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Sunday, January 16, 2011

In The Memory Of King by Brian Holiday-El

Let's Go!

The following is inspired by a posted picture of and a question posed by Dr. Martin Luther King Jr. put forth by Heru G. Duenas of Positive Black Stories.!/pages/Positive-Black-Stories-By-Heru-G-Duenas/145708032139774

The question is, "Life's most urgent question.......what are you doing for others?"

Peace and Love Brothers and Sisters! You know, in some circles King's teachings and civic efforts catch a
bad rap...some of our most prominent thinkers, teachers, scholars etc. see Affirmative Action as a step
backwards, citing the precipitous decline in African American business and property ownership following the
advent of integration as evidence of a misdirected mass of people upon the path to empowerment through
polity. The question was once posed to me by one of my first REAL teachers during my Junior year in high-
school back in the late 90's, “what's more debilitating, Economic discrimination or Social discrimination?”
What a cognitive quagmire! Here we are nearly a half-century removed from the onset of the Civil Rights
Movement and the Afro-Asiatic peoples inhabiting the Americas are still an underclass whether viewed
through the lens of Economy or Polity. The mitigates, detractors, and opponents of King's social thesis extol
'Black Wall Street' as the model for self-determination for those up from slavery, as opposed to an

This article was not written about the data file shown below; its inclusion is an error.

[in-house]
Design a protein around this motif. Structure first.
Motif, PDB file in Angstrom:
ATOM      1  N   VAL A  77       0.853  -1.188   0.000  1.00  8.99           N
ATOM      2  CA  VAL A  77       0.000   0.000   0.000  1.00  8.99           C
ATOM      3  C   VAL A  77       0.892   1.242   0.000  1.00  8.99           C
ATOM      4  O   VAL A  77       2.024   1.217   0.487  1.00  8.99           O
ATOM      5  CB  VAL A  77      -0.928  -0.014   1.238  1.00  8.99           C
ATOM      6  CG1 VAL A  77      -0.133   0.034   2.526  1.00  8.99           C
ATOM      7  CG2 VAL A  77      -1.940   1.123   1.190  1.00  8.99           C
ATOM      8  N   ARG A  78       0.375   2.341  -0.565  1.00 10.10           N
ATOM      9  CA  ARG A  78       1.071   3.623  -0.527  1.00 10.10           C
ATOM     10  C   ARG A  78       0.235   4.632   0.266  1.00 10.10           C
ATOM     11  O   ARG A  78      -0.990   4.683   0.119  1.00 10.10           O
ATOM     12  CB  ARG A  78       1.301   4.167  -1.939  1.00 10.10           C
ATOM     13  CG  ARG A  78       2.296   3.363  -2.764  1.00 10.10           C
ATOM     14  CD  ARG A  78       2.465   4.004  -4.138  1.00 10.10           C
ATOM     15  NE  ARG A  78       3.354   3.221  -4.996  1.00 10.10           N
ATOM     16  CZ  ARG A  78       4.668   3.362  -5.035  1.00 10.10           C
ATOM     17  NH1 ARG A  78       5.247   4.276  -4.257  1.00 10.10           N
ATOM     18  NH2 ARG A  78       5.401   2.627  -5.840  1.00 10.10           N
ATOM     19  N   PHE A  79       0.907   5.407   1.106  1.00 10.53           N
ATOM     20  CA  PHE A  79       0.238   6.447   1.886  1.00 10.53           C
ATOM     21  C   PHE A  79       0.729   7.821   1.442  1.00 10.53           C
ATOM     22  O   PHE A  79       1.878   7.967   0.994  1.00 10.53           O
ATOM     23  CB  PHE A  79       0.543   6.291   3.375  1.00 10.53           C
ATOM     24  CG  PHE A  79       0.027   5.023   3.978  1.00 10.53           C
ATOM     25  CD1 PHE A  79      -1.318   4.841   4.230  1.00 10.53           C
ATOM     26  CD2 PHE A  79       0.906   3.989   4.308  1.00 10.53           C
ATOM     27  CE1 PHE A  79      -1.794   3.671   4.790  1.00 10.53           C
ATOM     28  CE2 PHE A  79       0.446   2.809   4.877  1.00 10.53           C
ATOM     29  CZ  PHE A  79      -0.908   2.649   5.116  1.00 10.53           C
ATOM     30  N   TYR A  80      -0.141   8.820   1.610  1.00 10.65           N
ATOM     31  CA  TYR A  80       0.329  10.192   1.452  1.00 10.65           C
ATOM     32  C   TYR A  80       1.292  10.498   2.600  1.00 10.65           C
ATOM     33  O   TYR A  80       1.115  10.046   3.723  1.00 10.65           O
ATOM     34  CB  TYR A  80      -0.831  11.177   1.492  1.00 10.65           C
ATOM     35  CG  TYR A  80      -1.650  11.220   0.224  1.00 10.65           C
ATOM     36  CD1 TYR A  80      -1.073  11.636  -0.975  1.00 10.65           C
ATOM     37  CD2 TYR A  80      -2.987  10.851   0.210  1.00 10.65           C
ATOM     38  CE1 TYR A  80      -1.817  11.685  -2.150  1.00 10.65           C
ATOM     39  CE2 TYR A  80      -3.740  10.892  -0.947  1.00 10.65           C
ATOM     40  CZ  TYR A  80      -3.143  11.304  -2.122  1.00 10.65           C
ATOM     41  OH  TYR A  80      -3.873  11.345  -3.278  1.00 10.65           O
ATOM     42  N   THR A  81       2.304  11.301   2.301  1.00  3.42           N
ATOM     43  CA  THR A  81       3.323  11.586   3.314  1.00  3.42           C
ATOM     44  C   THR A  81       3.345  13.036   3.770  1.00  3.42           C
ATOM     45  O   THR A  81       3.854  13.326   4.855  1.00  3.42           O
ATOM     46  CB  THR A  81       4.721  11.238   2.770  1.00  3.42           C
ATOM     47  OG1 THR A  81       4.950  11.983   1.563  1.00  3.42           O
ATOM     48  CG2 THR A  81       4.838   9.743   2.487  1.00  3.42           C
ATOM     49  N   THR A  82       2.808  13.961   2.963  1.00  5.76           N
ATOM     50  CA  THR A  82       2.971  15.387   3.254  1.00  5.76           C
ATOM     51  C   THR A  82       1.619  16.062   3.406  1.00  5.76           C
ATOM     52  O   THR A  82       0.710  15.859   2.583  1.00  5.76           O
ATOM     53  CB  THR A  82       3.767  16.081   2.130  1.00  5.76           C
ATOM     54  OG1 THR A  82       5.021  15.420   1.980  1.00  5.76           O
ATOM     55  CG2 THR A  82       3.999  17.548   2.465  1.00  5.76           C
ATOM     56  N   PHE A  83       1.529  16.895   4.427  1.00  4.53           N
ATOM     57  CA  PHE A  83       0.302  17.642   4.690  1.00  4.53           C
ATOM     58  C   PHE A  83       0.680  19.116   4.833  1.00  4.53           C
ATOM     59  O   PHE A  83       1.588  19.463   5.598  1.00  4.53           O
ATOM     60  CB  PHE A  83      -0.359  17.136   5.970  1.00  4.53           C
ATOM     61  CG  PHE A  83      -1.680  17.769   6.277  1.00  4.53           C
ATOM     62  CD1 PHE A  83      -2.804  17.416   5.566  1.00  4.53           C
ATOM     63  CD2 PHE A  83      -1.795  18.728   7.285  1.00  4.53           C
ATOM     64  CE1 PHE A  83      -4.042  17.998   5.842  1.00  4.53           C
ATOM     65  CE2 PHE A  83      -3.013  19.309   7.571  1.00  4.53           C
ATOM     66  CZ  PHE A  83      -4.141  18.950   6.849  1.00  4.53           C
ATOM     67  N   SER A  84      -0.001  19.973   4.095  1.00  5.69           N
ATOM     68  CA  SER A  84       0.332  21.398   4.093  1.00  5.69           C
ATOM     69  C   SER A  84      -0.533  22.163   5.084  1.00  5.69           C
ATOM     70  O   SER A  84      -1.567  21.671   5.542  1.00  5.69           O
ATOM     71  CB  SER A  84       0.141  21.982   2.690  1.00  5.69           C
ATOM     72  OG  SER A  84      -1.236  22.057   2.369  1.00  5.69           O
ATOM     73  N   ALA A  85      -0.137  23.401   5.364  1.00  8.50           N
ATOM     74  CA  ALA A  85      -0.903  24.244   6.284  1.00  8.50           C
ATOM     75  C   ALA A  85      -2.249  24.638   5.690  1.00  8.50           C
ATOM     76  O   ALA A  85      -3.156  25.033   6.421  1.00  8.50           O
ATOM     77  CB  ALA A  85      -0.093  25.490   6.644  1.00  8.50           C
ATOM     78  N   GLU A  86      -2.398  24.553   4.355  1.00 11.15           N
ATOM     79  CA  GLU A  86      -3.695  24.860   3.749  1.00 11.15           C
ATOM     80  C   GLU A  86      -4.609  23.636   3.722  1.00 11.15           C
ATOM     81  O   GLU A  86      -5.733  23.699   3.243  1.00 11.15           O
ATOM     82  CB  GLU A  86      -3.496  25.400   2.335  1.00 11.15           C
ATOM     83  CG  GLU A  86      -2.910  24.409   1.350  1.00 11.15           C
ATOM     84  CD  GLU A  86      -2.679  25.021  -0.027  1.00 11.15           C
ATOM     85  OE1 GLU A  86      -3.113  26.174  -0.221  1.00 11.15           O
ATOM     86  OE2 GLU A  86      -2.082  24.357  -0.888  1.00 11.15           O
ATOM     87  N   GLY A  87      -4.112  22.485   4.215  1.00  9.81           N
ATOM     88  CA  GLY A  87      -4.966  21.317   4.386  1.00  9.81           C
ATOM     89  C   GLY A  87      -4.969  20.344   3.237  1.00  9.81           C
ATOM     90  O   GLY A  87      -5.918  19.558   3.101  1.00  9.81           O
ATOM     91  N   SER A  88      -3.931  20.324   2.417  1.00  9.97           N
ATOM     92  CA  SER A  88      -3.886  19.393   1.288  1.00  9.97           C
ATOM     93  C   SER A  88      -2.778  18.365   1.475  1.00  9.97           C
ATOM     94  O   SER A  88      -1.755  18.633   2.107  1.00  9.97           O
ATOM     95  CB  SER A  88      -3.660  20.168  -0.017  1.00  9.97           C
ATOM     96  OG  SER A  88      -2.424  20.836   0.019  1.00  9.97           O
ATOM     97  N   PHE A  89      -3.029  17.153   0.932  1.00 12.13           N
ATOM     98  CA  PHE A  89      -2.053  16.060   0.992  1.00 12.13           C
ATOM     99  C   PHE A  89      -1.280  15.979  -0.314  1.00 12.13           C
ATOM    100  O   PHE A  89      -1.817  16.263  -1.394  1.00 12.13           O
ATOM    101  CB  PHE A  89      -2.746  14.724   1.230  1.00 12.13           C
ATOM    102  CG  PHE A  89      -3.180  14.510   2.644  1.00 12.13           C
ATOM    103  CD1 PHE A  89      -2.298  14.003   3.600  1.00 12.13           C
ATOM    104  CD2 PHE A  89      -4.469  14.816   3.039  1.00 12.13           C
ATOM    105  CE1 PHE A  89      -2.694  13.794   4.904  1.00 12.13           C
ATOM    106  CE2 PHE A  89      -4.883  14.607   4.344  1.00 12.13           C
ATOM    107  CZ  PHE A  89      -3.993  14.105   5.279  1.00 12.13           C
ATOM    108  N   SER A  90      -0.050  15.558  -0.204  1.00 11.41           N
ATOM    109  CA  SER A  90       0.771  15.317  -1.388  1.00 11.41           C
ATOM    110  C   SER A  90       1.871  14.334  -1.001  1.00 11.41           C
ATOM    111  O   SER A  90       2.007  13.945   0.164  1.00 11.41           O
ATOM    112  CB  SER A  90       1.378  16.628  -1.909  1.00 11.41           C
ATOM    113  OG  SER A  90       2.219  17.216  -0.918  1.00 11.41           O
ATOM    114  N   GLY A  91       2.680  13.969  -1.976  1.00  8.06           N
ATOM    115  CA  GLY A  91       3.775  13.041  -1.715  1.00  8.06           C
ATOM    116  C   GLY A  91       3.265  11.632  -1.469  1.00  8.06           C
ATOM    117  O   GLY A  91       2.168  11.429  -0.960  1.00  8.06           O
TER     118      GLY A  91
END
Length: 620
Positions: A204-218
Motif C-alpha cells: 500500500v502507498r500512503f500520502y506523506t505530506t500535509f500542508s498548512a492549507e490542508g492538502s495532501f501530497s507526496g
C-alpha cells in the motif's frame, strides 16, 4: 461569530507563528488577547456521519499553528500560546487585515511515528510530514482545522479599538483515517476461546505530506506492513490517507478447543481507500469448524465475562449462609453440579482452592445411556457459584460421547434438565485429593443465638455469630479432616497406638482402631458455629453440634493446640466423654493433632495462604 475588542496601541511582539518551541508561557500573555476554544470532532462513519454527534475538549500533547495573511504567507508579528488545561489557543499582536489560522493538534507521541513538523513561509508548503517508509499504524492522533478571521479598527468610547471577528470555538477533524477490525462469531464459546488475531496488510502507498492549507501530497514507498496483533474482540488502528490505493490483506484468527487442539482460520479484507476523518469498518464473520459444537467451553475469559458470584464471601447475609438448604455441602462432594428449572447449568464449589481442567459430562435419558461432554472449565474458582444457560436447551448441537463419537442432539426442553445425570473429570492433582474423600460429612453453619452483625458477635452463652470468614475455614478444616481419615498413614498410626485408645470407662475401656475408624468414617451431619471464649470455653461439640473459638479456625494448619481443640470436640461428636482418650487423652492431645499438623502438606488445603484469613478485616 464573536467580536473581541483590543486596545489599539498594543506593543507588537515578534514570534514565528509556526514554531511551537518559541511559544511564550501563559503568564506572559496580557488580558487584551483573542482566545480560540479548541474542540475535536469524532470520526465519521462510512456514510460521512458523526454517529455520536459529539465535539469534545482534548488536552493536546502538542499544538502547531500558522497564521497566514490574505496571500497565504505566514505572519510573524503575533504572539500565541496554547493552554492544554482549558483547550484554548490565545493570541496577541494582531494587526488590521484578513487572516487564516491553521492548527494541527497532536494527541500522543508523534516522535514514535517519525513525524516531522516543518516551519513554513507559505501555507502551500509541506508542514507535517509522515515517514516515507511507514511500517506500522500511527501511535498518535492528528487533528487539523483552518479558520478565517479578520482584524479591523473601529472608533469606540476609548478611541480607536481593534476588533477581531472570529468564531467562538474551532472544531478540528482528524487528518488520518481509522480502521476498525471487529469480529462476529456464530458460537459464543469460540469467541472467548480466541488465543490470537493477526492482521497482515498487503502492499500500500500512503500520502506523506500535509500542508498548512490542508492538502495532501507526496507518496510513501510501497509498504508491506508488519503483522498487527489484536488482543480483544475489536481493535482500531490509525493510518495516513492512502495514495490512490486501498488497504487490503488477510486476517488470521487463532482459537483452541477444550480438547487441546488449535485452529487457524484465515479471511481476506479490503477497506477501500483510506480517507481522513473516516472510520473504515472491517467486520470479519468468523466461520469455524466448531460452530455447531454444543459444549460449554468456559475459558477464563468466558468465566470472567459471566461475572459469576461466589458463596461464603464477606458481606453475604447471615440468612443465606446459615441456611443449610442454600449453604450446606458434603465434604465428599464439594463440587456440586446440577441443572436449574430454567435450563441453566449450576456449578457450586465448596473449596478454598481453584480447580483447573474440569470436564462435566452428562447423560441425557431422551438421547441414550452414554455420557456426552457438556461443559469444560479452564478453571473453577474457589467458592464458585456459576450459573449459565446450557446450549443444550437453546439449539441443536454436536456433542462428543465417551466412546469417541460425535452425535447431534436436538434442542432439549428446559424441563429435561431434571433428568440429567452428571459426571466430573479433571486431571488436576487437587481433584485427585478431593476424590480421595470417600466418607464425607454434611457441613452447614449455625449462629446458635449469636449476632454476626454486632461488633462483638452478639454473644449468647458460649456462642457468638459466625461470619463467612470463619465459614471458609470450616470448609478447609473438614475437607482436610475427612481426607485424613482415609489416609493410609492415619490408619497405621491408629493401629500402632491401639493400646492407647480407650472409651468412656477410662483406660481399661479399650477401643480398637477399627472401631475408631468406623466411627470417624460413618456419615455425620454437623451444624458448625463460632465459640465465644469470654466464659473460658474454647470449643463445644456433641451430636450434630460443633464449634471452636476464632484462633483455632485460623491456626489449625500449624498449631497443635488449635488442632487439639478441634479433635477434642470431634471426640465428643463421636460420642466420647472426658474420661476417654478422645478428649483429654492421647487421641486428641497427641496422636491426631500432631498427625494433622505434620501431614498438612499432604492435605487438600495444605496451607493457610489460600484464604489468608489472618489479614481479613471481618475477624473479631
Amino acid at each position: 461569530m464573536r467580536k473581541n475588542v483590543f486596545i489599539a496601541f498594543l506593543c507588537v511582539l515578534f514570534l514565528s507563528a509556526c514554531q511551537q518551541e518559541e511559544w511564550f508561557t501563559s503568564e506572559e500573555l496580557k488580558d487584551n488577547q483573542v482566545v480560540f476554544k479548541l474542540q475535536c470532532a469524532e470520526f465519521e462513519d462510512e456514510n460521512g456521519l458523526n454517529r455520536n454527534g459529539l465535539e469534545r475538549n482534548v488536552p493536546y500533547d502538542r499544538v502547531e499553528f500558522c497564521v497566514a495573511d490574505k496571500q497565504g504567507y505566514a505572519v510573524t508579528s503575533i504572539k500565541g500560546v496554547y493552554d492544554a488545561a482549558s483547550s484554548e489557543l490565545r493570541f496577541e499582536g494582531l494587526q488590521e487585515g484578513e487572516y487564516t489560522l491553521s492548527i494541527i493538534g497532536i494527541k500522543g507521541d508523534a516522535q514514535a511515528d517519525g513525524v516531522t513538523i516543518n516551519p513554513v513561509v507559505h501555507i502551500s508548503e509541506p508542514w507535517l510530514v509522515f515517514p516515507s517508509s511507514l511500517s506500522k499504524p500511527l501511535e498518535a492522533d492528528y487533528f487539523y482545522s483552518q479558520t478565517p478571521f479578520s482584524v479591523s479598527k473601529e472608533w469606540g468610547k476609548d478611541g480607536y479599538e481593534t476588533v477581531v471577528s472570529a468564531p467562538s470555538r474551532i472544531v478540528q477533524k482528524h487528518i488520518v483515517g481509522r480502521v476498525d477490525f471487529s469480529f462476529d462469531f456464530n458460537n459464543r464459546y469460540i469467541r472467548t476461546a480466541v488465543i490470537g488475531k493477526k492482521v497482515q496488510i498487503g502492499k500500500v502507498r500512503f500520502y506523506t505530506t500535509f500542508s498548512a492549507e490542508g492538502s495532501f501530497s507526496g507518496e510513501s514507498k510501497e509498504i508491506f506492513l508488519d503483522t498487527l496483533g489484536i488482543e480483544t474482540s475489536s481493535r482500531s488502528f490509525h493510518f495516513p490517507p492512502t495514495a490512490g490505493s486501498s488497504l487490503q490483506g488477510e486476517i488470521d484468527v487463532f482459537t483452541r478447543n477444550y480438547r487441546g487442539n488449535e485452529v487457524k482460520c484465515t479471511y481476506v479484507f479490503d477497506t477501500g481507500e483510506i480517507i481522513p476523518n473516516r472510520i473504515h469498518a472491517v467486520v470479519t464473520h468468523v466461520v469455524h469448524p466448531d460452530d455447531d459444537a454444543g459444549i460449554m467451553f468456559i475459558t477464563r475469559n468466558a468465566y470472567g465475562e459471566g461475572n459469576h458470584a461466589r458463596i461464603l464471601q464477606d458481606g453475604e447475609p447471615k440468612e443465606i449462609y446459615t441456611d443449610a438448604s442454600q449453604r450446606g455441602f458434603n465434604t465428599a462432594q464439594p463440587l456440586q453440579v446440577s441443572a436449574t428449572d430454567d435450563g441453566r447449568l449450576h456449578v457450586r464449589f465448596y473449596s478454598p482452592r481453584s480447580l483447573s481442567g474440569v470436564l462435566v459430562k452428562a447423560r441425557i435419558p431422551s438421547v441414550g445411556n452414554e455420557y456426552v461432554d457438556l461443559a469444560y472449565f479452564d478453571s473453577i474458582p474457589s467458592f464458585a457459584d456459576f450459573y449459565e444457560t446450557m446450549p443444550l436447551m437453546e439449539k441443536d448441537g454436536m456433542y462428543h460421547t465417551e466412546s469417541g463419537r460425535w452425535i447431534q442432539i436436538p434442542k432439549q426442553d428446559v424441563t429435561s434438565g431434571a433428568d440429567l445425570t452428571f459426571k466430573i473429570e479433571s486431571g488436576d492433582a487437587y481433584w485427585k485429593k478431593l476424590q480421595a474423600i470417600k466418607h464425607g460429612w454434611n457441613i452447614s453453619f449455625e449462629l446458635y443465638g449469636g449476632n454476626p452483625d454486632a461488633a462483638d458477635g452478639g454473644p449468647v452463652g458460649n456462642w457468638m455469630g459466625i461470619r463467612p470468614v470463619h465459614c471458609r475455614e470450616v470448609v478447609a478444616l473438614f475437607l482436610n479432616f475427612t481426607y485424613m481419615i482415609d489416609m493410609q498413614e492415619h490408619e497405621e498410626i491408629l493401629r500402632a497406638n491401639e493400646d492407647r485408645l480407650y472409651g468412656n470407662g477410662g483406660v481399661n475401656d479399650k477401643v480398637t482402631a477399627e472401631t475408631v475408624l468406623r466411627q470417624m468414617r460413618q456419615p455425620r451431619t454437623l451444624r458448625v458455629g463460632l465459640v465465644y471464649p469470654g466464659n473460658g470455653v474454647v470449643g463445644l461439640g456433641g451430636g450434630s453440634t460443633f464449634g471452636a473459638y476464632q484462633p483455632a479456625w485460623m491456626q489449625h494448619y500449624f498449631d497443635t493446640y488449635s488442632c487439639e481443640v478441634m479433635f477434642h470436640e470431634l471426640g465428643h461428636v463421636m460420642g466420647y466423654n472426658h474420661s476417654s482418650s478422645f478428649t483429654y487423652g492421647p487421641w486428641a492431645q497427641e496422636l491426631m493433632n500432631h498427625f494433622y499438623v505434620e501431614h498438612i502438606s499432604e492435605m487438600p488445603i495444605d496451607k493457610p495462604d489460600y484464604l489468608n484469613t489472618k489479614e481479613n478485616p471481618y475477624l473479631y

acclamation of Jesus' gospel of love to all man and Gandhi’s non-violence and peaceful protest to the
struggle of the children of the Maafa. They say we traded the bank for the bus. The leveling of these retorts
are not wholly invalid or without merit and they do warrant critical consideration, but they can never negate
the resonance of King's visionary reach! His contemporary was Brother Malcolm, who began his ministry as
a staunch proponent of Separation, but later grew in thought and mind to extend his thesis for self-
determination to moderate inclusion of all peoples regardless of race, creed etc. Deserving of mention is
Cleaver with his disciplined and armed militancy by the arm of the Black Panthers. The inextricable
connectedness of our plight and the inevitable necessity of unity to unearth ourselves from the muck and mire
of social marginalization, national and international, economic insolvency and disenfranchisement from the
body-politic brought these leaders of their day together, yet shortly thereafter they all were taken out,
methodically, systematically, one by one. What world would we live in now had these kings among kings met
again? What would have been the synthesis of their converged thinking? Is it a fair deduction to conclude that
the 'powers that be' also pondered the trajectory of one such meeting of the minds? King was still a fairly
young man! He was growing leery of the gradualist on capitol hill during the days preceding his assassination.
A meeting of the minds, a consensus and subsequent handshake was clearly in the offing. King's words and
the impact of his life are nothing short of magnanimous, but it must be remembered that as impacting as he
was, he was still a work in progress that was cut down before his full maturation. So, what are we doing for
others??? I know what were not doing! We're not honoring the legacy and the struggle of our ancestors,
ancient and recent by focusing more on what unites us than what divides us, accentuating the positive more
than the negative, magnifying the similarities over the differences, reconciling the disparities more than
aggravating them. Positive Black Stories has the formula my brother! King would be proud!

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